Haven't Turned 60 Yet? You Can Still Save $430,453 Before Retirement
By Barbara Friedberg
If you’re not yet 60, there’s still time to save for retirement. But figuring out how much money you’ll actually need for your retirement is not simple.
You have to take specific steps to set and achieve your retirement savings goal, and you need to factor in your unique variables. For example, if you’re living in San Francisco, you’ll need a lot more retirement money than if you choose to retire in Corpus Christie, Texas. If you’re counting on a decent Social Security check each month, you’ll need less additional money than if those Social Security benefits are miniscule.
If you’re in your 40s or 50s, you can try the following savings and investment strategies to save nearly half a million dollars by the time you retire. Here’s how to build a big nest egg and what steps to take to figure out how large of a nest egg you’ll need.
How to Save More Than $400,000 in 20 Years
Meet Stuart, an average 45-year-old guy who hasn’t been saving for retirement. He starts to worry that he won’t have enough to retire and commits to saving 15 percent of his $70,000 salary. He invests his money in a moderately aggressive portfolio of stock and bond funds offered by his employer.
Stuart’s investments are projected to average 7% annually. In spite of the ups and downs of the investment markets, at age 65, it’s likely that Stuart’s $10,500 annual retirement plan contribution will grow to a respectable $430,453, which would be enough to supplement his Social Security benefit.
In order to put a plan like Stuart’s into action, you’ll first need to assess the current state of your finances and put a new retirement plan into action. Your plan needs to be based on your answers to the questions outlined below and on adjustments you make to your current financial priorities.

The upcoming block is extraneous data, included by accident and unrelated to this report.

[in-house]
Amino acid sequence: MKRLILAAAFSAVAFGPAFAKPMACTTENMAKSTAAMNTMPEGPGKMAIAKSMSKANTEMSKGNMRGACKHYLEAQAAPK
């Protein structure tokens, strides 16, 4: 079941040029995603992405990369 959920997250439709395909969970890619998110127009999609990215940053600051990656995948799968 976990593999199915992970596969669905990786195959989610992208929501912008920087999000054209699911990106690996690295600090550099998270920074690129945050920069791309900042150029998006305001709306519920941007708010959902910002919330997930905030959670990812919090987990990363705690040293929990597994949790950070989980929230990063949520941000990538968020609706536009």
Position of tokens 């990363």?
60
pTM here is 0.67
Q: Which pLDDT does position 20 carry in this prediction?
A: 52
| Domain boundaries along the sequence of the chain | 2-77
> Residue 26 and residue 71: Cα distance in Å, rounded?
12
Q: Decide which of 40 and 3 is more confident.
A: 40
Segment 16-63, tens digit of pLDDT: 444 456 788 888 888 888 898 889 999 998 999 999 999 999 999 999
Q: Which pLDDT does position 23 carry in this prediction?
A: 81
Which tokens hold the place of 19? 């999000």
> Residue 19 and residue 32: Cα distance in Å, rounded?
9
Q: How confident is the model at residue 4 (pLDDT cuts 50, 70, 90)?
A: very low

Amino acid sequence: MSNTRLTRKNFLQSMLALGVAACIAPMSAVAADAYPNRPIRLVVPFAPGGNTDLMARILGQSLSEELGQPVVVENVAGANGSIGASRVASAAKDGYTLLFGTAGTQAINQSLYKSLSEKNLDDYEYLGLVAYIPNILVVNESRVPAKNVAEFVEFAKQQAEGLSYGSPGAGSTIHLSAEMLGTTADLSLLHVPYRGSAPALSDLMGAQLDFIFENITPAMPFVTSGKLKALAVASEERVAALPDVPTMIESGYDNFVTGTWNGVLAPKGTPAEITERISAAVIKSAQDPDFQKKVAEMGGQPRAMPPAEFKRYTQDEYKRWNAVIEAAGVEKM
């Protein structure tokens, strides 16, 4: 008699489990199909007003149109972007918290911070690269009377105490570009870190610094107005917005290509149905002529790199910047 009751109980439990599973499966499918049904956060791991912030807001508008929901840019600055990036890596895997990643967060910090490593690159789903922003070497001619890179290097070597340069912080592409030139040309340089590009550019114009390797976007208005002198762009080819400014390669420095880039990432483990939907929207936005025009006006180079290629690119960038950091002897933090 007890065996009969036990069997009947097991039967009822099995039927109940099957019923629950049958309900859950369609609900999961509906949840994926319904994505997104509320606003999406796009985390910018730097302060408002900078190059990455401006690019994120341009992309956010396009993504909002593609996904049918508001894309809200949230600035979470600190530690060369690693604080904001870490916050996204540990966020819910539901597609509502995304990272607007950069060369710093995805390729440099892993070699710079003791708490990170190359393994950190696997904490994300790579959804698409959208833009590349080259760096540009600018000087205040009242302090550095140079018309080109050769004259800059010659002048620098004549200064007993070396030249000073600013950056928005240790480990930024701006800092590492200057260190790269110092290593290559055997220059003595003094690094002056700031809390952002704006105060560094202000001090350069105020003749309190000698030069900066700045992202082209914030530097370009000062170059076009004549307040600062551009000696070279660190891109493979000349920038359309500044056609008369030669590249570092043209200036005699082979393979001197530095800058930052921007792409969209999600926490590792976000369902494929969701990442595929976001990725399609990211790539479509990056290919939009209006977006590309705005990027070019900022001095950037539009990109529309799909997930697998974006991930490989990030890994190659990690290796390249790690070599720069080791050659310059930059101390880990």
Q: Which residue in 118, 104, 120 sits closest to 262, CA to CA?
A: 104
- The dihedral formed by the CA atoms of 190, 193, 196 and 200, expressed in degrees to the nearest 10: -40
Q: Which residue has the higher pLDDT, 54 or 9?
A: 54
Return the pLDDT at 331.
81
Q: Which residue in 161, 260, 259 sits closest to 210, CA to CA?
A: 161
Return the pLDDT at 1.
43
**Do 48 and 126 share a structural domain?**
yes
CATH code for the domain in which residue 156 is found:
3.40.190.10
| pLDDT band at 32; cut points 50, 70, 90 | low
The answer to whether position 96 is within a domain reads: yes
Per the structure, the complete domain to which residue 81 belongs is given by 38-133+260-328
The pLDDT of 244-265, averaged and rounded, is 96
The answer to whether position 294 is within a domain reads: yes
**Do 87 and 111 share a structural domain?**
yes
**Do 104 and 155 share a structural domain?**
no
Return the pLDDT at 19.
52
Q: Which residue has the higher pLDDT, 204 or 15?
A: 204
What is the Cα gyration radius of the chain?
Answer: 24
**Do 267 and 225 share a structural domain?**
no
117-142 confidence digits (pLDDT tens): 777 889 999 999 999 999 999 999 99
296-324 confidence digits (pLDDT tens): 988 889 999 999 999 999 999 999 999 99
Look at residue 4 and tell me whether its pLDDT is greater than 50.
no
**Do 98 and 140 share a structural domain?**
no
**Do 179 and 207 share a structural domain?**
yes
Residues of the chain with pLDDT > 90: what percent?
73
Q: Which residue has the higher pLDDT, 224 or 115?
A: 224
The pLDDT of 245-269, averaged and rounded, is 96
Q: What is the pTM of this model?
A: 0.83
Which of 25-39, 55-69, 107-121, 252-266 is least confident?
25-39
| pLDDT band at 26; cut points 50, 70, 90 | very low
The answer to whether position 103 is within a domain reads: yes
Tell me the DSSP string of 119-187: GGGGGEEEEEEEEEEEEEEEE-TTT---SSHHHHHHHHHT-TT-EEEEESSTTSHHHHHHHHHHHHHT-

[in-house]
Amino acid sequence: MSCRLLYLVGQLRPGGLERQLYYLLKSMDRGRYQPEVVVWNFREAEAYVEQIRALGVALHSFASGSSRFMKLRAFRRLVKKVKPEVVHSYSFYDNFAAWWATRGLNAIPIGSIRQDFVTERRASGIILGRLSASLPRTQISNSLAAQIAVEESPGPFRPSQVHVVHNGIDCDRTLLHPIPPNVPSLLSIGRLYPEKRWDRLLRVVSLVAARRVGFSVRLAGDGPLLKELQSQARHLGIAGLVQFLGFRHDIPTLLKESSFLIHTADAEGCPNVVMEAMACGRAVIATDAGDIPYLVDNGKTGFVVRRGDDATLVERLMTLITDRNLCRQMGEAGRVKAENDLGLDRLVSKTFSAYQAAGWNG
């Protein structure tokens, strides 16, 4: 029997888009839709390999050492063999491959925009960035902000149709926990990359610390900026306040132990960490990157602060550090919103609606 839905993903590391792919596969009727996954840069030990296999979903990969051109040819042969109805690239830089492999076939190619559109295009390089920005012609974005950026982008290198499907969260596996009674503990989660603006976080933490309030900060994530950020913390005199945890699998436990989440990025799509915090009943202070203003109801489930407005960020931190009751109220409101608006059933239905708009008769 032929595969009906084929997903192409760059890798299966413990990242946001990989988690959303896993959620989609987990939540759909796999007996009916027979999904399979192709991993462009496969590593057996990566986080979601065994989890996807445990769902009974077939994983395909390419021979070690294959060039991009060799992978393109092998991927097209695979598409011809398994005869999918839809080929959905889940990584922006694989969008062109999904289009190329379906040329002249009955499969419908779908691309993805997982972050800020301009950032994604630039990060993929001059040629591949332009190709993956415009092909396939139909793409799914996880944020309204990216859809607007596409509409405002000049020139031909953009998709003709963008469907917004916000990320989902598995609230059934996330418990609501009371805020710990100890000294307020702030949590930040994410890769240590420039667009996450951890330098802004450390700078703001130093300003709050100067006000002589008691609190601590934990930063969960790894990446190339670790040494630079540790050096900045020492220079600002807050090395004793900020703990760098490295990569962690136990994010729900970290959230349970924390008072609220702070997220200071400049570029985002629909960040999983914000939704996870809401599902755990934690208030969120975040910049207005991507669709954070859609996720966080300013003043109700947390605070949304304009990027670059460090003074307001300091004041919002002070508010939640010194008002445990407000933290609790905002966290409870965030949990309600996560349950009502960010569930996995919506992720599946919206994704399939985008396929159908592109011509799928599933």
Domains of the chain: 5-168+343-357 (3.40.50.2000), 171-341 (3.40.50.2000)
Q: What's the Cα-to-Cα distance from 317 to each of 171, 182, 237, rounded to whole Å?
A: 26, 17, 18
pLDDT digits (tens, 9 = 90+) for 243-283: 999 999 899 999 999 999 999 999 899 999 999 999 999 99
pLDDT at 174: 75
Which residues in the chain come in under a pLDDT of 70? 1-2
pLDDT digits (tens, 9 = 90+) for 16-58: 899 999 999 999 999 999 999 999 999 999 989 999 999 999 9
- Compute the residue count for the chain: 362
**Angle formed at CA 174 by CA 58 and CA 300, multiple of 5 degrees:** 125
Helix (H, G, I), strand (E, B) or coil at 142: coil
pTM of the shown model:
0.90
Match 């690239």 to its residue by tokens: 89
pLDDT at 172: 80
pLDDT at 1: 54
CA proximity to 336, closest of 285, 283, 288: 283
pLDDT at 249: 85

How to Catch Up on Retirement Savings: Your First Step
Before you calculate how much of your salary you need to save in order to retire, consider where you’re at right now. Your first step is to answer these questions:
- How much can you expect from Social Security when you retire? According to the Social Security Administration, in December 2013, the average worker received $1,294 per month.
- How much will your expenses total in retirement? Create a rough estimate of how much you think you’ll spend in retirement. Remember to increase your projections of medical costs and decrease estimates of what you’ll spend on commuting and expenses you currently only have because you’re still working.
- What amount do you get when you subtract your expected expenses in retirement from your expected Social Security income? That’s the amount of additional income you’ll need to supplement your Social Security check.
With these preliminary numbers in mind, you can proceed to the next step of identifying how to adjust your current finances and savings plan in order to save the amount of money you’ll need to retire. The following planning recommendations and lifestyle hacks can help trim your expenses without too much sacrifice.
How to Save for Retirement Now If You’re in Your 40s or 50s
It’s no secret that most Americans lack sufficient retirement savings. According to the Employee Benefit Research Institute, the average balance of a traditional individual retirement account balance for people ages 45 to 49 is $72,287. If you’ve fallen behind on your retirement savings plan and you’re not yet 60, there’s still time to catch up.
If you had a deficit between your anticipated Social Security income and the living expenses you estimated when you answered the questions above, then you need to jump-start your retirement nest egg. You can ramp up your savings efforts with a manageable plan by trying the following savings strategies.
Put Your Retirement Savings Ahead of Your Children